Cheat Sheet

Machine Learning For Dummies Cheat Sheet

From Machine Learning For Dummies

By John Paul Mueller, Luca Massaron

Machine learning is an incredible technology that you use more often than you think today and with the potential to do even more tomorrow. The interesting thing about machine learning is that both R and Python make the task easier than more people realize because both languages come with a lot of built-in and extended support (through the use of libraries, datasets, and other resources). With that in mind, this cheat sheet helps you access the most commonly needed reminders for making your machine learning experience fast and easy.

Choosing the Right Algorithm for Machine Learning

Machine learning involves the use of many different algorithms. This table gives you a quick summary of the strengths and weaknesses of various algorithms.

Algorithm Best at Pros Cons
Random Forest Apt at almost any machine learning problem


Bioinformatics
Can work in parallel


Seldom overfits


Automatically handles missing values


No need to transform any variable


No need to tweak parameters


Can be used by almost anyone with excellent results
Difficult to interpret


Weaker on regression when estimating values at the extremities of the distribution of response values


Biased in multiclass problems toward more frequent classes
Gradient Boosting Apt at almost any machine learning problem


Search engines (solving the problem of learning to rank)
It can approximate most nonlinear function


Best in class predictor


Automatically handles missing values


No need to transform any variable
It can overfit if run for too many iterations


Sensitive to noisy data and outliers


Doesn’t work well without parameter tuning
Linear regression Baseline predictions


Econometric predictions


Modelling marketing responses
Simple to understand and explain


It seldom overfits


Using L1 & L2 regularization is effective in feature selection


Fast to train


Easy to train on big data thanks to its stochastic version
You have to work hard to make it fit nonlinear functions


Can suffer from outliers
Support Vector Machines Character recognition


Image recognition


Text classification
Automatic nonlinear feature creation


Can approximate complex nonlinear functions
Difficult to interpret when applying nonlinear kernels


Suffers from too many examples, after 10,000 examples it starts taking too long to train
K-nearest Neighbors Computer vision


Multilabel tagging


Recommender systems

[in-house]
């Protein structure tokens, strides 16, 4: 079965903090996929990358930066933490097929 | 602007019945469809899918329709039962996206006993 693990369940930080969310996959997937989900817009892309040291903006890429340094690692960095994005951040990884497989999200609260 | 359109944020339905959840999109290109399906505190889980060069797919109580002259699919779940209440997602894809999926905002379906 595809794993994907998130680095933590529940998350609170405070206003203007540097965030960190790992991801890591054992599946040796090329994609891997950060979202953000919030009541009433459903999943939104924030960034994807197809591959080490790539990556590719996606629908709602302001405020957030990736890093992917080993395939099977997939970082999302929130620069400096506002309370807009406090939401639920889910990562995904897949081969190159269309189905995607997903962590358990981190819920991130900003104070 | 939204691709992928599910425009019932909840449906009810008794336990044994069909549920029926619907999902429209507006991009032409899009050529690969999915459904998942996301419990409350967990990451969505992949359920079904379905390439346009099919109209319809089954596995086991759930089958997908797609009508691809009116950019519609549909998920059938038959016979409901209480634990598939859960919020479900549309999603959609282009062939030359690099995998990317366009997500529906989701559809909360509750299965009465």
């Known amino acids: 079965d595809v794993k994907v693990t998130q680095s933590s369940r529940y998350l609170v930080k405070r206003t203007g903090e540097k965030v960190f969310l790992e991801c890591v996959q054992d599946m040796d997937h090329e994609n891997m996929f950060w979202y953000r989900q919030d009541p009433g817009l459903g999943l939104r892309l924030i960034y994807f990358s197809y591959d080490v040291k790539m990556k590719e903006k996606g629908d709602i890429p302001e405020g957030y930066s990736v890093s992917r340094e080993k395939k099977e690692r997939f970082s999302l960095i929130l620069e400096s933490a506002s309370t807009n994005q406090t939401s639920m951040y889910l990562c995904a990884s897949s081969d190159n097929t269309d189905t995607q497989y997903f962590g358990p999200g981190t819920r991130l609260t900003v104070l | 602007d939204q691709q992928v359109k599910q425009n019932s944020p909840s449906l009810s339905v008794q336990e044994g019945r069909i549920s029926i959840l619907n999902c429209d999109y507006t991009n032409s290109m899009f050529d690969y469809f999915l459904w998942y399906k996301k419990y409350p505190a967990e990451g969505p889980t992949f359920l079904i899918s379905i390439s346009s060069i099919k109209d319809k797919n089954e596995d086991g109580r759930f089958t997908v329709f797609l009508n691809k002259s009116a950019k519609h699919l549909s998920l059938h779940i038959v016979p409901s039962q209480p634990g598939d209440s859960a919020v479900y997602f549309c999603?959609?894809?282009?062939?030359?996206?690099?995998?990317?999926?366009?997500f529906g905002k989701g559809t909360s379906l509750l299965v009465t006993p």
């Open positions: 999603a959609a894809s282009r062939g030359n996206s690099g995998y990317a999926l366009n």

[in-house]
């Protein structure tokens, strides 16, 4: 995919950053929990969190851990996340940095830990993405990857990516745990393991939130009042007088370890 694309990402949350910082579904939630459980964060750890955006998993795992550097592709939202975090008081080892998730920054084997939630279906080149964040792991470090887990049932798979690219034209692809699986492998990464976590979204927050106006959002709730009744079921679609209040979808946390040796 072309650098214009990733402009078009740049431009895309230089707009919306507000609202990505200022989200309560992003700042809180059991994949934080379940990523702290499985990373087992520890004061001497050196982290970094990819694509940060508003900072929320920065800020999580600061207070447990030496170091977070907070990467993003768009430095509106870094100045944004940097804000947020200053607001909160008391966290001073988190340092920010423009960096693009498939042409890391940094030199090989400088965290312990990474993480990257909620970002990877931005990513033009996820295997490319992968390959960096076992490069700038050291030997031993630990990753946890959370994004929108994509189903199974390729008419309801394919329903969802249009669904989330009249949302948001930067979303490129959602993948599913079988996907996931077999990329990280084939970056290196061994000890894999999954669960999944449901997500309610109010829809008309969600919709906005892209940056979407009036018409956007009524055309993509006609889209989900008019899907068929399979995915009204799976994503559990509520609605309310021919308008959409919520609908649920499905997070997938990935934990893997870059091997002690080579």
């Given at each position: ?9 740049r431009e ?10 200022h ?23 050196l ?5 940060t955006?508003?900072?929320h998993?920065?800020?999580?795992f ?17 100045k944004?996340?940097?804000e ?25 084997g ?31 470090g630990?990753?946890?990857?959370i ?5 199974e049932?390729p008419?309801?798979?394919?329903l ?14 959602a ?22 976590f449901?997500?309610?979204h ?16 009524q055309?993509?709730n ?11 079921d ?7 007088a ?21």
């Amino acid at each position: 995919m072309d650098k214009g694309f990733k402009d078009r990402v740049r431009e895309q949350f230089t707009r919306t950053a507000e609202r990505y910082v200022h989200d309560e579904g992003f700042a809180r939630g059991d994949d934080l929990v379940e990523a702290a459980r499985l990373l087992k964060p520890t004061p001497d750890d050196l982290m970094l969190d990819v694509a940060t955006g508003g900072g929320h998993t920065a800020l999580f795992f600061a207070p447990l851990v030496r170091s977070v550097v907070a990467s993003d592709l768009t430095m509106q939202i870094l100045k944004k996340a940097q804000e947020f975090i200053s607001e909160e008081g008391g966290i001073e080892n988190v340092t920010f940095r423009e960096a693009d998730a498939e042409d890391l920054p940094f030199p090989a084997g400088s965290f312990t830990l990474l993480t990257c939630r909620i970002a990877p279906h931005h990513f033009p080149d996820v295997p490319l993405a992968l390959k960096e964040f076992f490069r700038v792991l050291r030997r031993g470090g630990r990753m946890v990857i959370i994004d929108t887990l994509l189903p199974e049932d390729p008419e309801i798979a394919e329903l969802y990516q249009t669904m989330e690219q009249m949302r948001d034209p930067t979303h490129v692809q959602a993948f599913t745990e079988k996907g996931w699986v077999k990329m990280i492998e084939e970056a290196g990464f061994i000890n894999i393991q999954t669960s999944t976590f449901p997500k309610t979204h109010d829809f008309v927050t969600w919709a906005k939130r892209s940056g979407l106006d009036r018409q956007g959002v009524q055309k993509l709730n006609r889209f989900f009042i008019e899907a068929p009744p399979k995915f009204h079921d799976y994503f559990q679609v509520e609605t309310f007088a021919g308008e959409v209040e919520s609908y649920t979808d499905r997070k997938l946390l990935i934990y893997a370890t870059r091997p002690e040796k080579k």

Spell checking problems
Fast, lazy training


Can naturally handle extreme multiclass problems (like tagging text)
Slow and cumbersome in the predicting phase


Can fail to predict correctly due to the curse of dimensionality
Adaboost Face detection Automatically handles missing values


No need to transform any variable


It doesn’t overfit easily


Few parameters to tweak


It can leverage many different weak-learners
Sensitive to noisy data and outliers


Never the best in class predictions
Naive Bayes Face recognition


Sentiment analysis


Spam detection


Text classification
Easy and fast to implement, doesn’t require too much memory and can be used for online learning


Easy to understand


Takes into account prior knowledge
Strong and unrealistic feature independence assumptions


Fails estimating rare occurrences


Suffers from irrelevant features
Neural Networks Image recognition


Language recognition and translation


Speech recognition


Vision recognition
Can approximate any nonlinear function


Robust to outliers


Works only with a portion of the examples (the support vectors)
Very difficult to set up


Difficult to tune because of too many parameters and you have also to decide the architecture of the network


Difficult to interpret


Easy to overfit
Logistic regression Ordering results by probability


Modelling marketing responses
Simple to understand and explain


It seldom overfits


Using L1 & L2 regularization is effective in feature selection


The best algorithm for predicting probabilities of an event


Fast to train


Easy to train on big data thanks to its stochastic version
You have to work hard to make it fit nonlinear functions


Can suffer from outliers
SVD Recommender systems Can restructure data in a meaningful way Difficult to understand why data has been restructured in a certain way
PCA Removing collinearity


Reducing dimensions of the dataset
Can reduce data dimensionality Implies strong linear assumptions (components are a weighted summations of features)
K-means Segmentation Fast in finding clusters


Can detect outliers in multiple dimensions
Suffers from multicollinearity


Clusters are spherical, can’t detect groups of other shape


Unstable solutions, depends on initialization

Getting the Right Library for Machine Learning